Nobel Peace Prize Laureate Archbishop Desmond Tutu has joined other religious leaders and globalisation critics in sending an anti-poverty message to leaders of the Group of Eight industrial nations who are meeting in Germany.
"We can survive only together, we can be free only together, we can be prosperous only together, we can be human only together," said the former Anglican archbishop of Cape Town to lively applause at a rally during the Kirchentag, the once-every-two-years German Protestant convention, meeting this year in Cologne.
The 7 June rally, outside the city’s cathedral, took place the day before the heads of six African nations were due to join the leaders of the G8 countries – Britain, Canada, France, Italy, Japan, German, Russia and the United States – for the final day of their northern German summit.
"I want to say to the leaders of the G8, ‘I am an African, I am a man, I am a human being … I am not an object of pity, I am not an object of charity’," said Tutu. "I am an African, I am your brother."
The open-air gathering had a live video link to an anti-poverty concert in Rostock where rock stars were trying to put pressure on the G8 leaders meeting nearby in Heiligendamm, behind a 12-kilometre-long fence topped with razor-wire.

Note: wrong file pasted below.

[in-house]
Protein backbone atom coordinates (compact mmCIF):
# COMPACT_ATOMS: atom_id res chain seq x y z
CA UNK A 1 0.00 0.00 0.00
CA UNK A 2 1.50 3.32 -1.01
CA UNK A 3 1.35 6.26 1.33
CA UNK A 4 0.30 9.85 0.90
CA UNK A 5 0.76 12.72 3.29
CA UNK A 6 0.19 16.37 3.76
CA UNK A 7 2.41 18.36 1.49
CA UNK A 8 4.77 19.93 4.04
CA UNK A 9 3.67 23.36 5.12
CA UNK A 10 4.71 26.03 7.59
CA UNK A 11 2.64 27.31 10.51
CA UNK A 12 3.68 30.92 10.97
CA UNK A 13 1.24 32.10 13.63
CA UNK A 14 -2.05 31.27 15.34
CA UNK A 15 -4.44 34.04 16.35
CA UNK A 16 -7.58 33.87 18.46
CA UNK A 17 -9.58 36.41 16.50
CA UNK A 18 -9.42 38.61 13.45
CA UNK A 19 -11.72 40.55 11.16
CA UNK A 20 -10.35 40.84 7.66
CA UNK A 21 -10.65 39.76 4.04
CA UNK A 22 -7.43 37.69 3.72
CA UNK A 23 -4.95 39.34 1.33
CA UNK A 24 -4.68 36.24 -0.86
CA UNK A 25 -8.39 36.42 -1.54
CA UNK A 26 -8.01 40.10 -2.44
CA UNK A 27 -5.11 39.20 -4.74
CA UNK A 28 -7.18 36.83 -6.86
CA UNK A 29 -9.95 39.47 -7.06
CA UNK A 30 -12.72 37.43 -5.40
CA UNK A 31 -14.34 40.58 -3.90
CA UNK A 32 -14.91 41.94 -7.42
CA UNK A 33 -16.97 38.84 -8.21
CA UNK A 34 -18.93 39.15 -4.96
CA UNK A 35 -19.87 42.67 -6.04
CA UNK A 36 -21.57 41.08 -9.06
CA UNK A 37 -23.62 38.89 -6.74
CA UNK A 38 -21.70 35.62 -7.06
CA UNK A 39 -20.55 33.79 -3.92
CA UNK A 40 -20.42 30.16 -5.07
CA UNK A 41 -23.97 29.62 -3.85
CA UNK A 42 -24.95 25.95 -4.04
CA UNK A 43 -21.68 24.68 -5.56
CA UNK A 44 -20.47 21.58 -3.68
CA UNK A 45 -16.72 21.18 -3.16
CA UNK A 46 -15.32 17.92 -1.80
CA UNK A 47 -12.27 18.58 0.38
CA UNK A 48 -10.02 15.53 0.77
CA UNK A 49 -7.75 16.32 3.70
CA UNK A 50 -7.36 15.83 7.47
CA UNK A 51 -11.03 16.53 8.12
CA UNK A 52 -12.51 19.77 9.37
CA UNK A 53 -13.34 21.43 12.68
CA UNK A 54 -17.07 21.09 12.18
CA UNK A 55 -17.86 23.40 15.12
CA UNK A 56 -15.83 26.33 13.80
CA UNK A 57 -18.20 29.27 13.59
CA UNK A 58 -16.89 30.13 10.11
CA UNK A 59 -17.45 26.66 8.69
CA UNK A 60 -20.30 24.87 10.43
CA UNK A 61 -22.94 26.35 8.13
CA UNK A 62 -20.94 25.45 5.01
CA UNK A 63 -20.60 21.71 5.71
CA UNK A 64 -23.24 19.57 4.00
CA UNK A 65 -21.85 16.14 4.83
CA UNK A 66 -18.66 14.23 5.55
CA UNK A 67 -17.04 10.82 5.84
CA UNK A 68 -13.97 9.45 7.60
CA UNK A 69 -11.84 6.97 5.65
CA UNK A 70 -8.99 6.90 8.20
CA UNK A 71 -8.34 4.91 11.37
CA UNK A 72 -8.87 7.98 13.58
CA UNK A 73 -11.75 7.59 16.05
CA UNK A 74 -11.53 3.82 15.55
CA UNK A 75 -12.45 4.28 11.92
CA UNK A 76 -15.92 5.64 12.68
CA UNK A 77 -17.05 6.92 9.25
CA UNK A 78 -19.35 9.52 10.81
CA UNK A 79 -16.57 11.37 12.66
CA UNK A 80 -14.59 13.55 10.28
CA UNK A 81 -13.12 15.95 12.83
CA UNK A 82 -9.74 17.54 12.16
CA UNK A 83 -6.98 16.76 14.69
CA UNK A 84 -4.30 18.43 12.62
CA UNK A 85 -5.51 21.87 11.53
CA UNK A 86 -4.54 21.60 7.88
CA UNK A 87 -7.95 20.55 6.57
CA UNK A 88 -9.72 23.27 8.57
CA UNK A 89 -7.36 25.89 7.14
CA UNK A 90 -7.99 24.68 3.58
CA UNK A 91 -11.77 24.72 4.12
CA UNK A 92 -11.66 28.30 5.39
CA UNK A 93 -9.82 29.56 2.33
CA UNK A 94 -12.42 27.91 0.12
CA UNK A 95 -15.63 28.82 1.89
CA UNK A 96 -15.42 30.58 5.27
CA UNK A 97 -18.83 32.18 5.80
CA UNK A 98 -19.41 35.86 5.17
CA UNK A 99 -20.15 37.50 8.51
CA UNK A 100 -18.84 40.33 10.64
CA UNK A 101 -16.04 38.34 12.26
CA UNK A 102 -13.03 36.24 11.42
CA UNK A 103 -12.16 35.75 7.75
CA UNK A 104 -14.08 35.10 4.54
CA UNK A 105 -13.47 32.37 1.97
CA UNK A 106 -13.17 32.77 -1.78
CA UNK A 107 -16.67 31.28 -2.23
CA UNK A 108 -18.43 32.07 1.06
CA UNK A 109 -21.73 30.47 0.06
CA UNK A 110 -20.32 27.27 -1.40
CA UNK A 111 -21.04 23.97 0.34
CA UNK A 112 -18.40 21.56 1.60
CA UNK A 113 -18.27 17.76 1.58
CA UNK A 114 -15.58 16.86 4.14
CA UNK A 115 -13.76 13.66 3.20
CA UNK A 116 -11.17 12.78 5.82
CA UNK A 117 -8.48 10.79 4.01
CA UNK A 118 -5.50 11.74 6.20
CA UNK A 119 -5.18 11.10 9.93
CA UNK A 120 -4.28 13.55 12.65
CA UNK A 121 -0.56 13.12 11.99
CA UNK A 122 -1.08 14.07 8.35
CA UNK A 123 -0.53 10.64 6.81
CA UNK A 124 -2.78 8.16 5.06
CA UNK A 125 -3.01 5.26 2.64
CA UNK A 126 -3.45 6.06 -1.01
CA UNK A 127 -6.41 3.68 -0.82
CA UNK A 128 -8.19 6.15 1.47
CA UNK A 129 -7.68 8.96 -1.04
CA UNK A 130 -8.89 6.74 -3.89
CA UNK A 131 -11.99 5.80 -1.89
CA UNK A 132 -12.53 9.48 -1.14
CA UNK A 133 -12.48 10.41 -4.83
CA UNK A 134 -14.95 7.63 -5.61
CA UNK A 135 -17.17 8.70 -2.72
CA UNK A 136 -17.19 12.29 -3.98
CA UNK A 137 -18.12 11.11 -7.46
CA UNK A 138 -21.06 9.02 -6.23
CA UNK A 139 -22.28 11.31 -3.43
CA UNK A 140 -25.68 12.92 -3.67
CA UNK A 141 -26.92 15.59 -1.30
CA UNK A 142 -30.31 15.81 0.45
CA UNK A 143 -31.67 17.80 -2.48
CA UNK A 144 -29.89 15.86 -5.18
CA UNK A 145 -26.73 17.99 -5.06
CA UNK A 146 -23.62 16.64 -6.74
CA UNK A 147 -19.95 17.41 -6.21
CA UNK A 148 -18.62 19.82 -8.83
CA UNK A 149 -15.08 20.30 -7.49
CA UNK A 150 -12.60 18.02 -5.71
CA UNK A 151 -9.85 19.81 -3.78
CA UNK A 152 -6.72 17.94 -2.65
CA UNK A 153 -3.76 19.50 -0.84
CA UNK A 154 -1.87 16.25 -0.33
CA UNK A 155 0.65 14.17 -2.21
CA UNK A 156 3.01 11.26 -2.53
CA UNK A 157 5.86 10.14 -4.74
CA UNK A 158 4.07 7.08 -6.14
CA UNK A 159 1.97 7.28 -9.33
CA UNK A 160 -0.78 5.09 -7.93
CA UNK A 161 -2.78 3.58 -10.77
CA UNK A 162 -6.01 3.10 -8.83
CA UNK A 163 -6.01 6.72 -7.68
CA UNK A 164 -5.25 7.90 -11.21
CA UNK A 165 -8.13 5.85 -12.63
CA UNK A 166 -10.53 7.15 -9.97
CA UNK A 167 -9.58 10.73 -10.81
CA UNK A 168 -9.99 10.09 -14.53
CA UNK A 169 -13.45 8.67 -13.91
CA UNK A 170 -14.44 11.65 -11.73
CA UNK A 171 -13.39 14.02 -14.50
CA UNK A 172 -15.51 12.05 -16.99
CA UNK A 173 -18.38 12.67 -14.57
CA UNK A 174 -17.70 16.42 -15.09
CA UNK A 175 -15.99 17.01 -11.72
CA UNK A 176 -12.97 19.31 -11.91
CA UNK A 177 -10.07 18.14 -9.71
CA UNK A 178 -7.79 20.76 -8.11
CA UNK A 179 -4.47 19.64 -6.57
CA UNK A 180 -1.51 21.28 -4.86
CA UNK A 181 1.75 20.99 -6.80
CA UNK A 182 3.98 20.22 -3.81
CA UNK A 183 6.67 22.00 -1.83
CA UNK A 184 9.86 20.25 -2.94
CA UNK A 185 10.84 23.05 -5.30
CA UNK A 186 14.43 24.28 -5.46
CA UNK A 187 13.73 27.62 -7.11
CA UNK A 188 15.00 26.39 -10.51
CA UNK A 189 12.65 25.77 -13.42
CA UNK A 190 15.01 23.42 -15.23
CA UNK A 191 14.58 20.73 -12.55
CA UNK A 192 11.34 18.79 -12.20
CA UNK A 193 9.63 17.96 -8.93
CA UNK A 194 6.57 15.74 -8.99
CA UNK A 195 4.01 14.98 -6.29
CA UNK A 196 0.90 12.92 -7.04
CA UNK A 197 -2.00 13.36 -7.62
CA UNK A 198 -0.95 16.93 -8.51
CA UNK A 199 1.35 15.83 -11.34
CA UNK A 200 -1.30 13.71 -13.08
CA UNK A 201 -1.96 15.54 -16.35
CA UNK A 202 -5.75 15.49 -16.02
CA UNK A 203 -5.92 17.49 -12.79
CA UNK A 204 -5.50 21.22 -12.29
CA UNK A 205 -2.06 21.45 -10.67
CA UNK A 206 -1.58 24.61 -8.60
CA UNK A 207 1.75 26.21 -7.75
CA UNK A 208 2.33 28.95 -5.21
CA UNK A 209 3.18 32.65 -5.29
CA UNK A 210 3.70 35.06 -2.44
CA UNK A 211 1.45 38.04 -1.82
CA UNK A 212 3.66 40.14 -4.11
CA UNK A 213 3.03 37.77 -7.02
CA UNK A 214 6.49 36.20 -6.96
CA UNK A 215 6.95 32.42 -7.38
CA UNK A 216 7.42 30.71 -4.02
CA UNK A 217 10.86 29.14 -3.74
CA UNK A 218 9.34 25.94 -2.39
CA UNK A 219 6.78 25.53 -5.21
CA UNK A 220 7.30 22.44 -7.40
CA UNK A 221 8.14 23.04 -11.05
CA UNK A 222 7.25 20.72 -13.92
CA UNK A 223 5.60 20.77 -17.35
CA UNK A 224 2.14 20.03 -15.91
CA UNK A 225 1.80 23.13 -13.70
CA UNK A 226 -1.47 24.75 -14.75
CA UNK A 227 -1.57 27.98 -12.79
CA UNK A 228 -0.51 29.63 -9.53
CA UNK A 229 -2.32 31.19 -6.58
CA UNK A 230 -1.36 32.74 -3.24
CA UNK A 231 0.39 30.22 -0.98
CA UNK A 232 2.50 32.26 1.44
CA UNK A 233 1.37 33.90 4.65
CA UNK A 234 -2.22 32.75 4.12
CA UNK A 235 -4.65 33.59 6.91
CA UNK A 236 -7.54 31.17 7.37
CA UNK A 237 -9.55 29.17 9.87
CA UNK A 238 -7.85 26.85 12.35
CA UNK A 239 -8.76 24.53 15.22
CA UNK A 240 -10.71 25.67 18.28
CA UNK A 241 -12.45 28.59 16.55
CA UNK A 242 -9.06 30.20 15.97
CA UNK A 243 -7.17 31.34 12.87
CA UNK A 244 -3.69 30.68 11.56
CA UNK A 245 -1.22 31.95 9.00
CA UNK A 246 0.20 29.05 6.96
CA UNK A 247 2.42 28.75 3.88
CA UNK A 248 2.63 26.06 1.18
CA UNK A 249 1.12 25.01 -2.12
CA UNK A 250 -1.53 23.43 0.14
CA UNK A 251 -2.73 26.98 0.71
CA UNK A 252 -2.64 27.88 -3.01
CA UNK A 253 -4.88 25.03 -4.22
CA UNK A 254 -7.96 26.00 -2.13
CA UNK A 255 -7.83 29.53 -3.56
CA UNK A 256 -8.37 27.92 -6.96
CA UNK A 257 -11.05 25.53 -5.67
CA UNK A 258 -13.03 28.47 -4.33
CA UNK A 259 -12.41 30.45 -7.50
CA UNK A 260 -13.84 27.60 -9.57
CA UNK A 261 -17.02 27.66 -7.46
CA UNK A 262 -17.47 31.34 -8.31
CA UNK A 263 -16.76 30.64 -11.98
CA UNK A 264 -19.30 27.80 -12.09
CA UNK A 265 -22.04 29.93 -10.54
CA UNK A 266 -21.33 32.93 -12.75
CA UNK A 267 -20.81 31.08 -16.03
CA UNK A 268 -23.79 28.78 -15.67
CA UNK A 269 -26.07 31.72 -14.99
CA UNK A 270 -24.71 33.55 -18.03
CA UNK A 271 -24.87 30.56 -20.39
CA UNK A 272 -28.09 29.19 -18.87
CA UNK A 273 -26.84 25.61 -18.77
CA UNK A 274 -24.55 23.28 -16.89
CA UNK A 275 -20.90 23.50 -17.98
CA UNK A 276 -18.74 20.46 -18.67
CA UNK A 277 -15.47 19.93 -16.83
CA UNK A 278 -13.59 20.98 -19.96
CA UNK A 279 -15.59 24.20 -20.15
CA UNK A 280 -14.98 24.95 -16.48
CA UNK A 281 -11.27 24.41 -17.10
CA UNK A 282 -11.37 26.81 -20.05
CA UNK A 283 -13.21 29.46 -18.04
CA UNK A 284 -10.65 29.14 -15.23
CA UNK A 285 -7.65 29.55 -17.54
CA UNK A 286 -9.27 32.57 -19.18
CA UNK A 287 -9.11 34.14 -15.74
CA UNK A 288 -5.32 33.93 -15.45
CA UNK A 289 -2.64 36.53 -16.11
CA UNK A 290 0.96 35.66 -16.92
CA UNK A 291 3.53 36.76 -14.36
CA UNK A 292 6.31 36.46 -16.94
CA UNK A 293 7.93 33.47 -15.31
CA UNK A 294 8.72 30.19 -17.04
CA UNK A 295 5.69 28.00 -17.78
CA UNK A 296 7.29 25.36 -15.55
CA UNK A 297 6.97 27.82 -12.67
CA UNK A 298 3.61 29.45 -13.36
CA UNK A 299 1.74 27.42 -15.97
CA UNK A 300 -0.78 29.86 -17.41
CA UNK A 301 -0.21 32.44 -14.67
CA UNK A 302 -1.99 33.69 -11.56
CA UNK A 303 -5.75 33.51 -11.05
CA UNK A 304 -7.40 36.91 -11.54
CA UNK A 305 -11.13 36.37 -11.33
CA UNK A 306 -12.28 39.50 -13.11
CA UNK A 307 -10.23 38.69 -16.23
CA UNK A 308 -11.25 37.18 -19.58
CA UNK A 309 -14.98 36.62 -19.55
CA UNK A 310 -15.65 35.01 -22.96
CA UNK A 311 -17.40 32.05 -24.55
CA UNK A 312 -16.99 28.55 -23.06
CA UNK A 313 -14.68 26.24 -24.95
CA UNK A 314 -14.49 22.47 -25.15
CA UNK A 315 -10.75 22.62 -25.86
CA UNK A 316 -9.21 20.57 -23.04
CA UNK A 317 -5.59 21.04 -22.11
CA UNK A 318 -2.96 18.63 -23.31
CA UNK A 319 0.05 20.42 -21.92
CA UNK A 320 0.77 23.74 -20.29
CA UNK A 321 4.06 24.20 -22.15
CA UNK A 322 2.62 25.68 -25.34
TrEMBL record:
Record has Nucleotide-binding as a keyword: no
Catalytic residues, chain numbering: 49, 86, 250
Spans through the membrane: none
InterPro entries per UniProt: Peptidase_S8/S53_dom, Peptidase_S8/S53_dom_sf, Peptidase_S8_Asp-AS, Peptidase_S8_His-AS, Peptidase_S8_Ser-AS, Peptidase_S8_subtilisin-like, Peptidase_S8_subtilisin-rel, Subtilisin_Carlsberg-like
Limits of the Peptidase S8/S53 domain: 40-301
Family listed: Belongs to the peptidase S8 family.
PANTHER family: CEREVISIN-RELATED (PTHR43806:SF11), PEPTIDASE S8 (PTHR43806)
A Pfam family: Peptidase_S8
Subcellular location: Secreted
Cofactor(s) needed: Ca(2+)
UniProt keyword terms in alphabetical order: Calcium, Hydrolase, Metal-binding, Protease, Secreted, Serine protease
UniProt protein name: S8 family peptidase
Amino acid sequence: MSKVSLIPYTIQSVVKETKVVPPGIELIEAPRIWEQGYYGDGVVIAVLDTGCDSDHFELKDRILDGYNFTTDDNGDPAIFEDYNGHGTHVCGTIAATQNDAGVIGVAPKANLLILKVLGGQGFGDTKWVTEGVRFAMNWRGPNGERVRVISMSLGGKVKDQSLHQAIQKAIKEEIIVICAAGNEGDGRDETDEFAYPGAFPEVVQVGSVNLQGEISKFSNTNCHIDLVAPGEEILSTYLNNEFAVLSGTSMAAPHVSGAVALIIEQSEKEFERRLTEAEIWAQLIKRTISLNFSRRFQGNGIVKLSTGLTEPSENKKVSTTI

"The message of the Kirchentag is clear; we say: Pull down the barriers between those who decide and those who are affected by the decisions," the president of the Protestant convention, Reinhard Höppner, told the Cologne rally. "We say: Do not put your efforts into growth that violates the dignity of people."
The Rev. Mvume Dandala, general secretary of the Nairobi-based All Africa Conference of Churches, said spiritual leaders needed to take responsibility to scrutinise the actions of the G8 leaders. "It is time to stop letting politicians and economists have a monopoly on what is happening in the world," said Dandala, a Methodist from Africa.
Agnes Abuom, a member of the World Council of Churches executive committee from Kenya, told a crowd estimated by police to number 8000 people, "Dignity for all human beings must never be sacrificed on the altar of the market."
The Kirchentag, founded in 1949, has a long history of promoting debate on social and political issues, such as the deployment of nuclear weapons in Europe in the 1980s. This year the issue of globalisation is a major concern.
An editorial in the Die Welt newspaper, however, said that the concentration on the issue of globalisation was diverting the Kirchentag away from the real issues facing the church. "Again and again the speakers and those doing Bible study pass over too quickly into a G8-compatable incantation of Protestant responsibility for the starving in the world, and spend too little time on dealing with what is the precondition for such commitment, namely Protestant theology," wrote Matthias Kamann.
(c) Ecumenical News International Reproduction
Photo : WORLD NEWS